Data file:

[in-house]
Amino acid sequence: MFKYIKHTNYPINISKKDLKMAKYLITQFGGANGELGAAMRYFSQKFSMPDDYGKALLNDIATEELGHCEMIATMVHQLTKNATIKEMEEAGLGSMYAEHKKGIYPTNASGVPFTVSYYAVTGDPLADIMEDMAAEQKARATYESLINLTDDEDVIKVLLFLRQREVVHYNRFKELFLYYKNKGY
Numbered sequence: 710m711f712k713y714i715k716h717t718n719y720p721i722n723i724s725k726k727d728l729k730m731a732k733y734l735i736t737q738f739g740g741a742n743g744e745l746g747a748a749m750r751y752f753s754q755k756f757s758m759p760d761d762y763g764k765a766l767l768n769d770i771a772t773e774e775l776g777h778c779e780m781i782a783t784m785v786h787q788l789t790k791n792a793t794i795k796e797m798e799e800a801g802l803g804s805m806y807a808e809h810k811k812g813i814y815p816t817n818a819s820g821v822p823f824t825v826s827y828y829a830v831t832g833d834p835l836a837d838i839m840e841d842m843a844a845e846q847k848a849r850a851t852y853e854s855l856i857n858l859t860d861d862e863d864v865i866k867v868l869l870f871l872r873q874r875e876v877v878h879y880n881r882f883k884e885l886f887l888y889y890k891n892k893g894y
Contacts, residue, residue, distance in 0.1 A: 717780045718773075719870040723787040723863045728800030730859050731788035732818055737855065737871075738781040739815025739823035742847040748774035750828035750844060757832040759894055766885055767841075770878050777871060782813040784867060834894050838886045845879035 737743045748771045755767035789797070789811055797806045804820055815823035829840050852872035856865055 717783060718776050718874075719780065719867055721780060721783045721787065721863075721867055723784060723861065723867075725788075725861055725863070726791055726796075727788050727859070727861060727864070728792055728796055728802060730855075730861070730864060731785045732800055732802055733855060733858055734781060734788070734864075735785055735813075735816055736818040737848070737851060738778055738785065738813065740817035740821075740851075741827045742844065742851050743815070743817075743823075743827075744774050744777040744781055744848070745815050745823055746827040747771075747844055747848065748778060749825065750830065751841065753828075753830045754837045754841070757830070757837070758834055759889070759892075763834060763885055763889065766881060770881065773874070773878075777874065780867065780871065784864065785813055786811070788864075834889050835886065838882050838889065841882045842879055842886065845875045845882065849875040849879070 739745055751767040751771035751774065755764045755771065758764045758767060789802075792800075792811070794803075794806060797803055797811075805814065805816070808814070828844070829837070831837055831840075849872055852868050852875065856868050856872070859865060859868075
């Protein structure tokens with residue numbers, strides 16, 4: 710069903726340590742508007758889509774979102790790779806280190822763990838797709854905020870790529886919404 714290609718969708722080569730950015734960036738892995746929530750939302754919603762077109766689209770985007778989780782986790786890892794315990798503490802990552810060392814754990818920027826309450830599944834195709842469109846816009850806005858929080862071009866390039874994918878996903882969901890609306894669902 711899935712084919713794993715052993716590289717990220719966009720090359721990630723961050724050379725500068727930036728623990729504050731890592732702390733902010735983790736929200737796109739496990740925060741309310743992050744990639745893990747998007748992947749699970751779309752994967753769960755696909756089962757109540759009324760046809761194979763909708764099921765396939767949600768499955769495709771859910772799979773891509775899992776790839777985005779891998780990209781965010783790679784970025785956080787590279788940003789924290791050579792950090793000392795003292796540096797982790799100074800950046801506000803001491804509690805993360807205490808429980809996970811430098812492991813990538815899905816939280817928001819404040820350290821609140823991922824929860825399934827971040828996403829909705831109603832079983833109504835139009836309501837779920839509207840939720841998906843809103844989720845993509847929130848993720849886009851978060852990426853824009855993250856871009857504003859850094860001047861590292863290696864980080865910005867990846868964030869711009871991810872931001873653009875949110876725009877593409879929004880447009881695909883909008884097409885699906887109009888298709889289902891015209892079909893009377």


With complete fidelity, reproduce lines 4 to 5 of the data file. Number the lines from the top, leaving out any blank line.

Contacts, residue, residue, distance in 0.1 A: 717780045718773075719870040723787040723863045728800030730859050731788035732818055737855065737871075738781040739815025739823035742847040748774035750828035750844060757832040759894055766885055767841075770878050777871060782813040784867060834894050838886045845879035 737743045748771045755767035789797070789811055797806045804820055815823035829840050852872035856865055 717783060718776050718874075719780065719867055721780060721783045721787065721863075721867055723784060723861065723867075725788075725861055725863070726791055726796075727788050727859070727861060727864070728792055728796055728802060730855075730861070730864060731785045732800055732802055733855060733858055734781060734788070734864075735785055735813075735816055736818040737848070737851060738778055738785065738813065740817035740821075740851075741827045742844065742851050743815070743817075743823075743827075744774050744777040744781055744848070745815050745823055746827040747771075747844055747848065748778060749825065750830065751841065753828075753830045754837045754841070757830070757837070758834055759889070759892075763834060763885055763889065766881060770881065773874070773878075777874065780867065780871065784864065785813055786811070788864075834889050835886065838882050838889065841882045842879055842886065845875045845882065849875040849879070 739745055751767040751771035751774065755764045755771065758764045758767060789802075792800075792811070794803075794806060797803055797811075805814065805816070808814070828844070829837070831837055831840075849872055852868050852875065856868050856872070859865060859868075
């Protein structure tokens with residue numbers, strides 16, 4: 710069903726340590742508007758889509774979102790790779806280190822763990838797709854905020870790529886919404 714290609718969708722080569730950015734960036738892995746929530750939302754919603762077109766689209770985007778989780782986790786890892794315990798503490802990552810060392814754990818920027826309450830599944834195709842469109846816009850806005858929080862071009866390039874994918878996903882969901890609306894669902 711899935712084919713794993715052993716590289717990220719966009720090359721990630723961050724050379725500068727930036728623990729504050731890592732702390733902010735983790736929200737796109739496990740925060741309310743992050744990639745893990747998007748992947749699970751779309752994967753769960755696909756089962757109540759009324760046809761194979763909708764099921765396939767949600768499955769495709771859910772799979773891509775899992776790839777985005779891998780990209781965010783790679784970025785956080787590279788940003789924290791050579792950090793000392795003292796540096797982790799100074800950046801506000803001491804509690805993360807205490808429980809996970811430098812492991813990538815899905816939280817928001819404040820350290821609140823991922824929860825399934827971040828996403829909705831109603832079983833109504835139009836309501837779920839509207840939720841998906843809103844989720845993509847929130848993720849886009851978060852990426853824009855993250856871009857504003859850094860001047861590292863290696864980080865910005867990846868964030869711009871991810872931001873653009875949110876725009877593409879929004880447009881695909883909008884097409885699906887109009888298709889289902891015209892079909893009377």